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The content presented here is for informational or educational purposes only. These are just the authors' personal opinions and knowledge. Names, places, characters, events, and incidents are based on the authors' lives and experiences and may be changed to protect personal information. Any resemblances to actual persons (living or dead), organizations, companies, events, or locales are entirely coincidental. Note: While authors are asked to place warnings on their stories for some moderated content, everyone has different thresholds, and it is your responsibility as a reader to avoid stories or stop reading if something bothers you. 

Johnathan Colourfield's Academic Papers - 2. Critical Commentary - First Year

Examination Text. We were given the poem "Acquainted with the Night" by Robert Frost in the exam (blind) and we had to analyse it in terms of its poetic form. This exam i recieved an A+ for and it is being used as a piece of exemplar work for the academic board.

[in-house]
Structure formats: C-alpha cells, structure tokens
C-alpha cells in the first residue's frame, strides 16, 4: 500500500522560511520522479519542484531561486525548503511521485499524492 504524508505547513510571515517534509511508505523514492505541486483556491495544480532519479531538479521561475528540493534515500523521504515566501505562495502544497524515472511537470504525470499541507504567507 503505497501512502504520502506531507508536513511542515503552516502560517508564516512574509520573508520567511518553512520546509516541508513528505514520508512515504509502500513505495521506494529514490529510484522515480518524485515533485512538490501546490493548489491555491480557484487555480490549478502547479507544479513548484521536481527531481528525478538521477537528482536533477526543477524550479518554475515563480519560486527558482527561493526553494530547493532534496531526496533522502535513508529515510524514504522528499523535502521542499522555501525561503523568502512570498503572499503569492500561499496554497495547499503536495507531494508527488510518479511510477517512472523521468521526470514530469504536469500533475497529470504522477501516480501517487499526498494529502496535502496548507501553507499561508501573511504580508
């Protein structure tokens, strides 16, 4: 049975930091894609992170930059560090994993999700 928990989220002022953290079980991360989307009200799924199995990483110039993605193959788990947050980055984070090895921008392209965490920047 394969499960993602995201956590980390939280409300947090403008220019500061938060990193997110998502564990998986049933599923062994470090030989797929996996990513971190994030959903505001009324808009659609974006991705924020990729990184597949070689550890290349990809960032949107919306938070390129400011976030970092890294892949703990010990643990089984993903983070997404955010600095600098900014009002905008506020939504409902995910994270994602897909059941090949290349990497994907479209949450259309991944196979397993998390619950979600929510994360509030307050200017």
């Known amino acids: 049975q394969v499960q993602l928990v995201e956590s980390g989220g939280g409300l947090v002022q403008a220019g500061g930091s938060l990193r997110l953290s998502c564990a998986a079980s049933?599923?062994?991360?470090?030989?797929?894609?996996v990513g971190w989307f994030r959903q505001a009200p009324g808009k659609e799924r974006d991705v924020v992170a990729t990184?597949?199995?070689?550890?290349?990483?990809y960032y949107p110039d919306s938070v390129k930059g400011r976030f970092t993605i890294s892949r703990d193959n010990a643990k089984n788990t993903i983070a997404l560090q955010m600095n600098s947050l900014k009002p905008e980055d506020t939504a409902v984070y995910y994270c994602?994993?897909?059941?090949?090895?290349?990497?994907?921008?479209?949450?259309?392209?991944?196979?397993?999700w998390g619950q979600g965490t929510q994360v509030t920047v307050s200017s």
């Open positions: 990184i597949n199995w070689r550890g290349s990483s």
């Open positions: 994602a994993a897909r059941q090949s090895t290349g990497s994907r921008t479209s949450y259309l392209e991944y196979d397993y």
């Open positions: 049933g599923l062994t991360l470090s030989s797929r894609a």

POEM

I have been one acquainted with the night.

I have walked out in rain -- and back in rain.

I have outwalked the furthest city light.

 

I have looked down the saddest city lane.

I have passed by the watchman on his beat

And dropped my eyes, unwilling to explain.

 

I have stood still and stopped the sound of feet

When far away an interrupted cry

Came over houses from another street,

 

But not to call me back or say good-bye;

And further still at an unearthly height,

O luminary clock against the sky

 

Proclaimed the time was neither wrong nor right.

I have been one acquainted with the night.

COMMENTARY

In ‘Acquainted with the Night’ by Robert Frost, there is a structure of 4 tercets and a final rhyming couplet. This is classed as open form because it is not as restricted as the closed form (which forms such as the ode, the epitaph, the sonnet etc.). This is also classed as concrete poetry because it is not a familiar structure that a reader is used to (if a reader was used to a type of poetry like the sonnet, it would be called visual poetry).

There is an ABA rhyming scheme, with the central line of each of the first four stanzas rhyming with the first and second lines of the following stanzas with the final couplet rhyming with the central line of the fourth stanza. I believe this is to give a feeling of monotony to the way the poem is read.